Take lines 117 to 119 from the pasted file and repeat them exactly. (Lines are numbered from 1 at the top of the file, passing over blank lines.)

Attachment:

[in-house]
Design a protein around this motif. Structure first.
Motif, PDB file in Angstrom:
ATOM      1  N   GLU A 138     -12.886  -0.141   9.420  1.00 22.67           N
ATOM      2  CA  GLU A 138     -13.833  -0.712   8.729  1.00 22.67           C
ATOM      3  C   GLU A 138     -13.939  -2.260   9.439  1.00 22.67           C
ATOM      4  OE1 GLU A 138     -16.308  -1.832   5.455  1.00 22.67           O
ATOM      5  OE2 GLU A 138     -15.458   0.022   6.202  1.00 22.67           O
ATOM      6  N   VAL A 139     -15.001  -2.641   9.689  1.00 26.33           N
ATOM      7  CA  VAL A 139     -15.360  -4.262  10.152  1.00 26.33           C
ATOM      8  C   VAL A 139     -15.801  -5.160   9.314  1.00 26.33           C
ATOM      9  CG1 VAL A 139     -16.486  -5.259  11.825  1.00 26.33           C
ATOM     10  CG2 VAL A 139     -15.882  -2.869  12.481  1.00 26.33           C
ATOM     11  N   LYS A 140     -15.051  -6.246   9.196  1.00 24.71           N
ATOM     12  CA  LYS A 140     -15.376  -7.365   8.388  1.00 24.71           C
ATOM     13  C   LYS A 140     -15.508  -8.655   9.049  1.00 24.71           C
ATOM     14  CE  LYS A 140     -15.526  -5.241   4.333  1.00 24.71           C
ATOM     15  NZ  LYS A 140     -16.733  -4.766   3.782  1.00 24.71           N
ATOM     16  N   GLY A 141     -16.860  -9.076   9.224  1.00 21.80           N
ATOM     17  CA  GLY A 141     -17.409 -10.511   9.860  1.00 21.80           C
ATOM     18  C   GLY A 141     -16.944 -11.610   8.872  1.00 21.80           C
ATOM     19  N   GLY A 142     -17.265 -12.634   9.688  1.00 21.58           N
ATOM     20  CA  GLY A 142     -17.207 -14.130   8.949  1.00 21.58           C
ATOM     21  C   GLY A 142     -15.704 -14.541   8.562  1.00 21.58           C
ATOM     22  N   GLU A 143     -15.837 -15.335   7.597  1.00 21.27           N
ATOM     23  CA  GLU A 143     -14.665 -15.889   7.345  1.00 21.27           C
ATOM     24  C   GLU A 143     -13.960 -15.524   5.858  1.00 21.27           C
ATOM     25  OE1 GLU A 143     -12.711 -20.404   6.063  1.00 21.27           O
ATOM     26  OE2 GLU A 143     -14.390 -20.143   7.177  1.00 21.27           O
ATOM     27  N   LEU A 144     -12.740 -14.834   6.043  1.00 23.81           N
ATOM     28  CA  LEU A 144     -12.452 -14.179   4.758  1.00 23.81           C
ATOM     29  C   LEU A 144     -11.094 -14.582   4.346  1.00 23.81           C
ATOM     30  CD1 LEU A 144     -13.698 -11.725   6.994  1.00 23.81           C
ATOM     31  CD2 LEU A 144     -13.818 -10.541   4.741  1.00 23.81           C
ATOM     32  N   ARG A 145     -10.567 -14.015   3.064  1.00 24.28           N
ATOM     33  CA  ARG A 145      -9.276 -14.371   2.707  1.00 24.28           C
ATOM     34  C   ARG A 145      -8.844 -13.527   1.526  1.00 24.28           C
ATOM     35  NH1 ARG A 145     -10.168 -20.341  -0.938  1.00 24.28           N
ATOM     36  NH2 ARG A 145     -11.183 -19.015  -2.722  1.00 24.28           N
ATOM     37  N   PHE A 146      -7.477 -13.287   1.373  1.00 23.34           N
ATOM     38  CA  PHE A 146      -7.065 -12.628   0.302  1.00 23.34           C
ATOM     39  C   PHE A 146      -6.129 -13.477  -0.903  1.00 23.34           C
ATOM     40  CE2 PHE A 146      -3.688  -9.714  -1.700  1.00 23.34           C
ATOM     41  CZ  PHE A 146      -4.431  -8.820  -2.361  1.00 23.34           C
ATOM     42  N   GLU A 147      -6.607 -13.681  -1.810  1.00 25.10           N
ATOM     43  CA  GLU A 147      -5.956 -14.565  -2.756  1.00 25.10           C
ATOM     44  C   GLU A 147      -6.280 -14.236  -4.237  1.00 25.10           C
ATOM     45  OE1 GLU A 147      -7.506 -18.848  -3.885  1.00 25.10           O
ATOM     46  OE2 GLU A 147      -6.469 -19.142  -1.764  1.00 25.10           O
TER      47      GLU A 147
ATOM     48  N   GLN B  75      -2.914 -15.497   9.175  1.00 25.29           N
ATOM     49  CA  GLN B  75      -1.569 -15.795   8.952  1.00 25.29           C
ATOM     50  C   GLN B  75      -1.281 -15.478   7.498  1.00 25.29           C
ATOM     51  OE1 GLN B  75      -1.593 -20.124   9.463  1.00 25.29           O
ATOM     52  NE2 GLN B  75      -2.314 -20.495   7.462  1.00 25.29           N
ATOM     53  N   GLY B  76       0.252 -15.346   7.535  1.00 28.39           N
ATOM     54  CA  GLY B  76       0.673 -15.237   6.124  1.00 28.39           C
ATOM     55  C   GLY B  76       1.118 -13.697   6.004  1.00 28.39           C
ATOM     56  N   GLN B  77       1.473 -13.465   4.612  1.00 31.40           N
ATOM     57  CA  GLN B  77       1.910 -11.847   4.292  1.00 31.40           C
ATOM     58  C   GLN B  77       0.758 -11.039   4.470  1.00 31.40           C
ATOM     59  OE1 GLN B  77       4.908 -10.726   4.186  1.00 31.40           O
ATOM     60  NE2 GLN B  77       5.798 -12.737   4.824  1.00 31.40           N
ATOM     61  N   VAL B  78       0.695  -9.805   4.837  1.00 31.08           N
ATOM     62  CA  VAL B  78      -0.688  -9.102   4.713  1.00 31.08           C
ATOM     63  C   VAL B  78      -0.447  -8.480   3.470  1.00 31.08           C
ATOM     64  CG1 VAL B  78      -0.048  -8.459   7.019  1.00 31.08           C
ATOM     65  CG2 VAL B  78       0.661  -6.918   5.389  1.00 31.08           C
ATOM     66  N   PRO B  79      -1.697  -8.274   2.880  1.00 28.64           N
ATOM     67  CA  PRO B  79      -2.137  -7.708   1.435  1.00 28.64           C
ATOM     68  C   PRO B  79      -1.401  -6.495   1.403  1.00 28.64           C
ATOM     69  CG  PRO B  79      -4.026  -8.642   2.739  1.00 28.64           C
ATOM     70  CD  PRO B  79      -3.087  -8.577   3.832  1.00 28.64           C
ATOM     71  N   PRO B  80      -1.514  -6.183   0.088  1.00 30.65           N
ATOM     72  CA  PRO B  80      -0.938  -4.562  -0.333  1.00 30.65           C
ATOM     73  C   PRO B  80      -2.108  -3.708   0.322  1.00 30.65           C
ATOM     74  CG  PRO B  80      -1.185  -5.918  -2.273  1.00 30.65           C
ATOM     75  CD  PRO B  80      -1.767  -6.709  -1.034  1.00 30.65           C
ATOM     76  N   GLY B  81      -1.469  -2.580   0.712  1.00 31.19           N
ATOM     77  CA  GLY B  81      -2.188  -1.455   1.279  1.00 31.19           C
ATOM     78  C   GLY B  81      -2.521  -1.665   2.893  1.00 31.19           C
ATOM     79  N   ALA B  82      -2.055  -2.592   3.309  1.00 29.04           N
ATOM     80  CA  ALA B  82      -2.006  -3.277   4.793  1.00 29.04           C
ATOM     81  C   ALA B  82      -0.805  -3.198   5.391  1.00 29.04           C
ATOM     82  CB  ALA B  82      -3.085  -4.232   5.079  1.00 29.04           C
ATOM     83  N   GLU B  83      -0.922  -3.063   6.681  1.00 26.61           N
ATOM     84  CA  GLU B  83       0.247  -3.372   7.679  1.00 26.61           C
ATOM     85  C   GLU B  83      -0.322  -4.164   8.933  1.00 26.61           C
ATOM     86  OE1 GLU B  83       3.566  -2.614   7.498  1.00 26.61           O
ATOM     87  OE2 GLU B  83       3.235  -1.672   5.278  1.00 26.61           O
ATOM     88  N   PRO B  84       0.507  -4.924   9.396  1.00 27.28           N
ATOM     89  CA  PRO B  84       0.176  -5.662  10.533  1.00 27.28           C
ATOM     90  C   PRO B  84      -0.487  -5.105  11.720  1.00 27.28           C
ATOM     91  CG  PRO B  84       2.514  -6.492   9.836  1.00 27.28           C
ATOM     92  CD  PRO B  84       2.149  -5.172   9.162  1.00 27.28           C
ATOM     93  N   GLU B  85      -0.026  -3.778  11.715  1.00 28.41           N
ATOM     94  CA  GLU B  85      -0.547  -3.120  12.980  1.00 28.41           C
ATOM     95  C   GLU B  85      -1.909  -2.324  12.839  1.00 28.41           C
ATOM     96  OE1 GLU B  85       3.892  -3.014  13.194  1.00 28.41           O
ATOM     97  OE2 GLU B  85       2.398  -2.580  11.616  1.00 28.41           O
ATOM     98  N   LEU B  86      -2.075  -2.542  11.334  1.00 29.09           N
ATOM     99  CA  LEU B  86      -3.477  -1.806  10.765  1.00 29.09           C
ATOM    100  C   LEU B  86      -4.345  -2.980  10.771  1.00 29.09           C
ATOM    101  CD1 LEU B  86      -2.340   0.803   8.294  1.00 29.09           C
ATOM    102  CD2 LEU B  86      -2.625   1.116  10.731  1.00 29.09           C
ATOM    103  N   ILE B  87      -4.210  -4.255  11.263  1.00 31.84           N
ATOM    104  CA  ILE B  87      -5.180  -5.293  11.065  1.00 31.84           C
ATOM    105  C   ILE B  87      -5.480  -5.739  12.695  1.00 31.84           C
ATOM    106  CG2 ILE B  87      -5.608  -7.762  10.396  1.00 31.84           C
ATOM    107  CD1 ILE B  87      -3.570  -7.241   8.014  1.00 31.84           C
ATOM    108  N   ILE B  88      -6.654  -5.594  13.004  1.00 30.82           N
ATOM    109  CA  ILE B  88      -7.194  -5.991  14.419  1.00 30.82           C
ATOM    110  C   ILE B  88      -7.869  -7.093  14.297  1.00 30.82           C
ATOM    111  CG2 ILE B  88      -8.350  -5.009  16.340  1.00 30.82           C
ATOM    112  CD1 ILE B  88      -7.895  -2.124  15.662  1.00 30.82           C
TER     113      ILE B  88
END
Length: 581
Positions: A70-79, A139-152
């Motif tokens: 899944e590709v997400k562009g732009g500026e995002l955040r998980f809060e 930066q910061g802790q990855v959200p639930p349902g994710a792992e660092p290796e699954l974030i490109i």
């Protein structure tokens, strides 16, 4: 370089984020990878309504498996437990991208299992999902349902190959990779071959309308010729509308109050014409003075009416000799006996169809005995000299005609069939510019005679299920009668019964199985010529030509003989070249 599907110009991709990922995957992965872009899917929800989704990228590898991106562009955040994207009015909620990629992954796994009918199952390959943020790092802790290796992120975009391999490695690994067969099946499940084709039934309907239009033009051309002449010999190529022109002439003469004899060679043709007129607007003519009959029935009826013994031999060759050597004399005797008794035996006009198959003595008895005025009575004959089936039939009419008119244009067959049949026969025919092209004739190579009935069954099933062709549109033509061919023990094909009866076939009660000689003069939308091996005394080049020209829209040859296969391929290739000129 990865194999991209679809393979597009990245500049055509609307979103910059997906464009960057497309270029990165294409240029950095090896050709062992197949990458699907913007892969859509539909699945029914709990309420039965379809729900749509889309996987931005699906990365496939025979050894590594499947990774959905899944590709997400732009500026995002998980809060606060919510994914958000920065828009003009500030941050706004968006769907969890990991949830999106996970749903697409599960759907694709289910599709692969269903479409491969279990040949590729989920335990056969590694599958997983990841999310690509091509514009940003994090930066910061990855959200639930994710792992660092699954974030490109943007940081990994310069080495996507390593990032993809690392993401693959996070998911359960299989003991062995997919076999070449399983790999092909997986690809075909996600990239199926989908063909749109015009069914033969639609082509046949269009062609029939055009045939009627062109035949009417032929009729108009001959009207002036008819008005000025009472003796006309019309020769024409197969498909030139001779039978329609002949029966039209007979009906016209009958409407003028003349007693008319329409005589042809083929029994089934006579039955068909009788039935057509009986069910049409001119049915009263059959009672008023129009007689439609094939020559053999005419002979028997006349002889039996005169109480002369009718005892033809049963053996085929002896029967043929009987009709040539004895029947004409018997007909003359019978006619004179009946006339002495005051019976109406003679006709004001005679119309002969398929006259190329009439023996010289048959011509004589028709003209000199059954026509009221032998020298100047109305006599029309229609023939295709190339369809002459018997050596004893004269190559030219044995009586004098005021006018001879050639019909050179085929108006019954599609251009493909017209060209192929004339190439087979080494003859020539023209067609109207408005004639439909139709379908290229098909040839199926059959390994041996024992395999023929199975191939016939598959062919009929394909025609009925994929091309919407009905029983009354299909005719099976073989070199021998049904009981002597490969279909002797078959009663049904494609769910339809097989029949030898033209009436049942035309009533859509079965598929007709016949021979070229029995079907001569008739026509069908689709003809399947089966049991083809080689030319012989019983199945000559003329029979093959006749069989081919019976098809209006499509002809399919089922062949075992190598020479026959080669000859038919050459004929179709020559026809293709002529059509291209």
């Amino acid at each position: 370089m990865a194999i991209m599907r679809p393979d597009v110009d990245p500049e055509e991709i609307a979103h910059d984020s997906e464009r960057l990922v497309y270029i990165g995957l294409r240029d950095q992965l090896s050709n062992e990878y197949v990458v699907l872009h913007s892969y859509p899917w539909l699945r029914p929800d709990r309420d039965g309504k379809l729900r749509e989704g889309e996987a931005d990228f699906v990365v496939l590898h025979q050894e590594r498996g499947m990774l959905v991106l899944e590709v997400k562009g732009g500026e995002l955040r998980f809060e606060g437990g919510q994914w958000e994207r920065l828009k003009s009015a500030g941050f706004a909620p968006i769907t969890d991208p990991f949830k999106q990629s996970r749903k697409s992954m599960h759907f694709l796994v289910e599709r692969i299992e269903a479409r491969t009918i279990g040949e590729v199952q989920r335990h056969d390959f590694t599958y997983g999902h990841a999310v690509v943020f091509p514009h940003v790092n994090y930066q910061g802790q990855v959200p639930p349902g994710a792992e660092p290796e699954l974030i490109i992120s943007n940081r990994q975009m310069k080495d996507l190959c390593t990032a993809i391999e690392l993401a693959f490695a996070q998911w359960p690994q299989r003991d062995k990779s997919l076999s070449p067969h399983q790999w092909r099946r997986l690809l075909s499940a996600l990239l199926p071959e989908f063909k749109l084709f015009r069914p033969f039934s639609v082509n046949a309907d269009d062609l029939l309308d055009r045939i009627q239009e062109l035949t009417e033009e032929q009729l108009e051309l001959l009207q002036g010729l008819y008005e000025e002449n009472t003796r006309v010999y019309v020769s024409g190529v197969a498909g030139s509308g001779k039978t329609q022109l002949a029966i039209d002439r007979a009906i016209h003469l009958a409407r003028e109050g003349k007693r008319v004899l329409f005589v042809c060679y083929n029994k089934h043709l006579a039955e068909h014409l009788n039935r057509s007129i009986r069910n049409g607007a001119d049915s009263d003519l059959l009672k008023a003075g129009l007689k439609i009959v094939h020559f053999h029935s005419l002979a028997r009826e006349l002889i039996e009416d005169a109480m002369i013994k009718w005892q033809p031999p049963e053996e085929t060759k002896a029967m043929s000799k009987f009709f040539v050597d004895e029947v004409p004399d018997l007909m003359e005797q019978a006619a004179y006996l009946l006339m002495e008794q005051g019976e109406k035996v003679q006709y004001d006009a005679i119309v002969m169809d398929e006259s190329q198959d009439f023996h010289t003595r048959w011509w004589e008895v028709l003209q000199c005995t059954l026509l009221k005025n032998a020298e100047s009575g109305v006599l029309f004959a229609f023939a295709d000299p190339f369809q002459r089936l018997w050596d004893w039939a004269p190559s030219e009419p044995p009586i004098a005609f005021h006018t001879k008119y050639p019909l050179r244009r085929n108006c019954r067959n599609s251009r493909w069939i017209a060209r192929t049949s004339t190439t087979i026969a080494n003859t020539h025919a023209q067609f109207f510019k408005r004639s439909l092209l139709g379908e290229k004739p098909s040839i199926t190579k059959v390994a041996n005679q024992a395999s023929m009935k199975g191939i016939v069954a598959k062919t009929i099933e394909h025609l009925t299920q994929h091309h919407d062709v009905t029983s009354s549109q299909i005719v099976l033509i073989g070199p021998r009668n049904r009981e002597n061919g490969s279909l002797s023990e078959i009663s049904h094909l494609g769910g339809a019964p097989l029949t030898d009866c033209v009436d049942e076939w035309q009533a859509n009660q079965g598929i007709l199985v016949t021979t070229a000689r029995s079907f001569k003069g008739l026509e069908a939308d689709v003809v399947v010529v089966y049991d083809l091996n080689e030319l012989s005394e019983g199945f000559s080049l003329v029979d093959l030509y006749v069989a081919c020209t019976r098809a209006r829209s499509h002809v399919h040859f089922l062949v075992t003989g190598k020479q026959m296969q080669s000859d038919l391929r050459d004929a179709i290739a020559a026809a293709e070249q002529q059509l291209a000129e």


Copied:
END
Length: 581
Positions: A70-79, A139-152